by Manmatha Nath Dutt | 1891 | ISBN-13: 9788171101566
This page describes Chapter XXVIII of the English translation of the Ramayana, one of the largest Sanskrit epics of ancient India revolving around the characters Rama, Sita and Ravana. It was orignally authored by Valmiki at least over 2500 years ago. This is the first book of the Bāla-kāṇḍa (Bala-kanda) of the Ramayana, which consists of 24,000 Sanskrit metrical verses divided oer seven books.
O adorable one, I have received these weapons, incapable of being repressed even by the celestials themselves. Now, O best of ascetics, I would acquire a knowledge of with drawing them.
Upon Kākutstha’s representing this, Viśvāmitra of high austerities, endowed with patience, of excellent vows, and pure in spirit, communicated to him the mantras for restraining the weapons.
Do you, O Rāma, accept Satyavat, and Satyakīrti, Dhṛṣṭa, Rabhasa, Pratihāratara, Parāṅmukha, Avāṅmukha, and also Lakṣya, Alakṣya, Dṛḍhanābha, Sunābha, Daśākṣa, Śatavaktra, Daśaśīrṣa, Śatodara, Padmanābha, Mahanābha, Indunābha, Svanābha, Jyotiṣa, Śakuna, Nairaṣya, Vimala, Yaugandhara, Vinidra, and the two Daityapramathanas, and Śucibāhu, Mahābāhu, Niṣkali, Viruca, Arcimāli, Dhṛtimāli, Vṛttimān, Rucira, Pitrya, Saumansa, Vidhuta, Makara, Karavīra, Rati, Dhana, and Dhānya, O Rāghava, and Kāmarūpa, Kāmaruci, Moha, Āvaraṇa and Jṛmhhaka, Sarpanātha, Panthāna, and Varuṇa,—these sons of Kṛśāśva, O Rāma, effulgent, and assuming shapes at will. And, good betide you, O descendant of Raghu, you are worthy to receive these weapons.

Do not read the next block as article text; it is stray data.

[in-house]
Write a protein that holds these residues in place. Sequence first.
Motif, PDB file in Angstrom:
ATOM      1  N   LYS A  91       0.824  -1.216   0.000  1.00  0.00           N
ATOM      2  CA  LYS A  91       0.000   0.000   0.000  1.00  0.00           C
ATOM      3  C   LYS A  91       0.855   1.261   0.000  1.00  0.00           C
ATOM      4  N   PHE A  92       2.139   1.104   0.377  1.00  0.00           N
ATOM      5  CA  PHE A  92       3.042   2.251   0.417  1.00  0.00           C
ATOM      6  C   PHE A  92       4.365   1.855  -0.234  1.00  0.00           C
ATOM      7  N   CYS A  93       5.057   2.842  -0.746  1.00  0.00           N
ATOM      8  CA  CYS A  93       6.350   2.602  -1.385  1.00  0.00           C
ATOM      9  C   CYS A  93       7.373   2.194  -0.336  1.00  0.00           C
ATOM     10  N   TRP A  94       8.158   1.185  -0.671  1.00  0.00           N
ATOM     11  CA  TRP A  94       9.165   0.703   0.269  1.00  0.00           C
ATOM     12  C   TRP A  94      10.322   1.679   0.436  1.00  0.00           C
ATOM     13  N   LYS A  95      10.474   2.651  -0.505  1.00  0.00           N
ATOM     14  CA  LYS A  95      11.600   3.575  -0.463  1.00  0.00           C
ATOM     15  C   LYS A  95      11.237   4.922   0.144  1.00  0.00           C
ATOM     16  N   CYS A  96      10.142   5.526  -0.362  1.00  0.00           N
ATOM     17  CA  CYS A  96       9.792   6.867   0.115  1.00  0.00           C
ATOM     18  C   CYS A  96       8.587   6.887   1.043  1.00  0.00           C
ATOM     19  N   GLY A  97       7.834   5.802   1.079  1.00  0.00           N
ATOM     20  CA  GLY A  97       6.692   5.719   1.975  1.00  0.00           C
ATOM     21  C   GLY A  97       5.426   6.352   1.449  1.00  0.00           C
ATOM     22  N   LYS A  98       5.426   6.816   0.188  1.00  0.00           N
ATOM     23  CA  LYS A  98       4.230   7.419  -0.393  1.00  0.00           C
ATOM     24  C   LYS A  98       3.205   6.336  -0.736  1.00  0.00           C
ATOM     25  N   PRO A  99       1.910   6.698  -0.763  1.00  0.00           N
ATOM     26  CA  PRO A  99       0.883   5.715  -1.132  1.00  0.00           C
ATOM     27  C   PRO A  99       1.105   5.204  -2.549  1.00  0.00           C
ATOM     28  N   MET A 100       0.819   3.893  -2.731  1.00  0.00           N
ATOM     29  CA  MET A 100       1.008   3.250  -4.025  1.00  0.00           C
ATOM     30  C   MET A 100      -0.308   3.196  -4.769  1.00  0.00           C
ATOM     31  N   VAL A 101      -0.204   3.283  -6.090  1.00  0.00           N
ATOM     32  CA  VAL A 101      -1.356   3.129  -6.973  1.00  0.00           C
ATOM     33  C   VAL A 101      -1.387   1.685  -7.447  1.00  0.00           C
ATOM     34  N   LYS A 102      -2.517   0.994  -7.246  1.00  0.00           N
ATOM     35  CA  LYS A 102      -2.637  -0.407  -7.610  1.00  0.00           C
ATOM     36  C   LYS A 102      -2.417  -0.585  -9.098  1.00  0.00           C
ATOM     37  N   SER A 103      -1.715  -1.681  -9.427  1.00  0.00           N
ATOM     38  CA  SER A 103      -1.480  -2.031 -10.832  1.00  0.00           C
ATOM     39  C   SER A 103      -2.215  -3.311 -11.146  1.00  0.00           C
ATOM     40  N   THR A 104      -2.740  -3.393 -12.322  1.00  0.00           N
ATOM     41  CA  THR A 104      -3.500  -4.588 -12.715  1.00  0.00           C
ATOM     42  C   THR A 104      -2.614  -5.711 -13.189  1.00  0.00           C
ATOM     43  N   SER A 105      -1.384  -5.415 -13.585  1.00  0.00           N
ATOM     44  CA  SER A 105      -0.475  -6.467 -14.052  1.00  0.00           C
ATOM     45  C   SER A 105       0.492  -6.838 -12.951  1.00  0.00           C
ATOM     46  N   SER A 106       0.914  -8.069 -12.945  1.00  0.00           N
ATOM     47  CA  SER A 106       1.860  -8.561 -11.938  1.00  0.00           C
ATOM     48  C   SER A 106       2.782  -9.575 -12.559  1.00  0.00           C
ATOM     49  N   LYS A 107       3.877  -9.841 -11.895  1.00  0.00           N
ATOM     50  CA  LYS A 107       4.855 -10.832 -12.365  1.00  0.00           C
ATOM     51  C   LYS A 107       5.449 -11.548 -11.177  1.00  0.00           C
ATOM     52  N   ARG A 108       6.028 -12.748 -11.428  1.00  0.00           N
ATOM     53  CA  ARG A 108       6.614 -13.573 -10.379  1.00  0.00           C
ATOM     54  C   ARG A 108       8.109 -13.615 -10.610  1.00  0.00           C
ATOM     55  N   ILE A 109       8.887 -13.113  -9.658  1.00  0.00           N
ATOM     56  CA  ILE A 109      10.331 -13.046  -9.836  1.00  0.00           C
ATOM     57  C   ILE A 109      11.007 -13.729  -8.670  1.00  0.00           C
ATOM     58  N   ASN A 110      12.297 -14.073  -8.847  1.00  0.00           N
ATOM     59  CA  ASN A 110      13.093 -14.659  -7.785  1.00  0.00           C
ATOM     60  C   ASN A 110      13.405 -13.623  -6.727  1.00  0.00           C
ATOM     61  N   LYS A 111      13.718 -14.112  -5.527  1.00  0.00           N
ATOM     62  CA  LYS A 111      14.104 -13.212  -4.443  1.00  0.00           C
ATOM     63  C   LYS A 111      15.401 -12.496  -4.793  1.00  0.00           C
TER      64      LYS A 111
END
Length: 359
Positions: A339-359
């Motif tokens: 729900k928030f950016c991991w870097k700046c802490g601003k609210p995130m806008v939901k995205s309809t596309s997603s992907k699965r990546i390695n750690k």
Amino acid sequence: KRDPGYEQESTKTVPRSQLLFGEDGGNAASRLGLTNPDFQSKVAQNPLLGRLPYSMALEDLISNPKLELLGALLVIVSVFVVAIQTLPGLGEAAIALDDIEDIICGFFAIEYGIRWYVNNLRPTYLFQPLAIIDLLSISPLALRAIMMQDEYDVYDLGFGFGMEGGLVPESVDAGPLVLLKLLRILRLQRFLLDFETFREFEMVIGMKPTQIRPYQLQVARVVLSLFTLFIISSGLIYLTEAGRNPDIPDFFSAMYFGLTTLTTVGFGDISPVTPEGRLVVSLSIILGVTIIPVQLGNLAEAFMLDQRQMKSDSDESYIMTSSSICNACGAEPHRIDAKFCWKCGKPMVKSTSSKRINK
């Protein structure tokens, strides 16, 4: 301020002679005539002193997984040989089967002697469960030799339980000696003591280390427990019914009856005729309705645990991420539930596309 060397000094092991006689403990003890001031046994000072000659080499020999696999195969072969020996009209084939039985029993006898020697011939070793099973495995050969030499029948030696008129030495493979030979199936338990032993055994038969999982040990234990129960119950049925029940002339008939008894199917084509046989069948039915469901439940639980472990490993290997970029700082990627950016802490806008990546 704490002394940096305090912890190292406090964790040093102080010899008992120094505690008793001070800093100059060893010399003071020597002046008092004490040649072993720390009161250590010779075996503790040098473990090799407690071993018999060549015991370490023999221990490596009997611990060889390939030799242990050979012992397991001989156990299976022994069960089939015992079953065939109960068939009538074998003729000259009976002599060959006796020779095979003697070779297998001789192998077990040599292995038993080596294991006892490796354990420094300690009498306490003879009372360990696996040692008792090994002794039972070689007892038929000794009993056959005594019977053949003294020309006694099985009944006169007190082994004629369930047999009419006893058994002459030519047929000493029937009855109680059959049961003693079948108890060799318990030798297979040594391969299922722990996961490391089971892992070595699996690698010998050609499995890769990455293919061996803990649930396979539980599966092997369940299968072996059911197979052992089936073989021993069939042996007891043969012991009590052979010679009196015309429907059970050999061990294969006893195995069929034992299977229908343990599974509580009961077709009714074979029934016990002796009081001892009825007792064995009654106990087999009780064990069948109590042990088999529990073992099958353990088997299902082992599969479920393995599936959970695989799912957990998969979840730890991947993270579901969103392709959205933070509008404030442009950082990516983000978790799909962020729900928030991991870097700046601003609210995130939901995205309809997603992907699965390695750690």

Thereupon, Kākutstha with a heart overflowing with delight, said,—So be it! And those weapons were furnished with celestial and shining persons, and endowed with visible shapes, and capable of conferring happiness. And some of them were like (live) coals; and some comparable to smoke; and some were like to the Sun or the Moon. And with folded hands, they spoke to Rāma in honied accents; O chief of men, here we are! Do you command as to what we are to do on your behalf.
Then the descendant of Raghu answered, saying, Repair whither soever you will! Recurring to my memory, do you in time of need, render me assistance!
Thereupon paying homage to Rāma, and having gone round him, they replied to Kākutstha, What is yonder wood hard by the hill, appearing like clouds? Great is my curiosity.
It is pleasing to the sight, and abounds in beasts, and is exceedingly romantic, and is adorned with various birds singing sweetly.
Now, O foremost of ascetics, we have come out of a wilderness capable of making one’s hair stand on end. And from the pleasantness attaching to this place, I have come to a conclusion.
Tell me, O reverend sir, whose hermitage is this? Have we, O eminent ascetic, reached that spot where dwell those wicked minded wretches of impious deeds, given to slaughtering Brāhmaṇas, who disturb your sacrifice? Where, O adorable one, is that hermitage, repairing to which, O Brāhmaṇa, I am to protect your sacrificial rites, and to slay the Rākṣasas? All this, O foremost of ascetics, I desire to hear, O lord.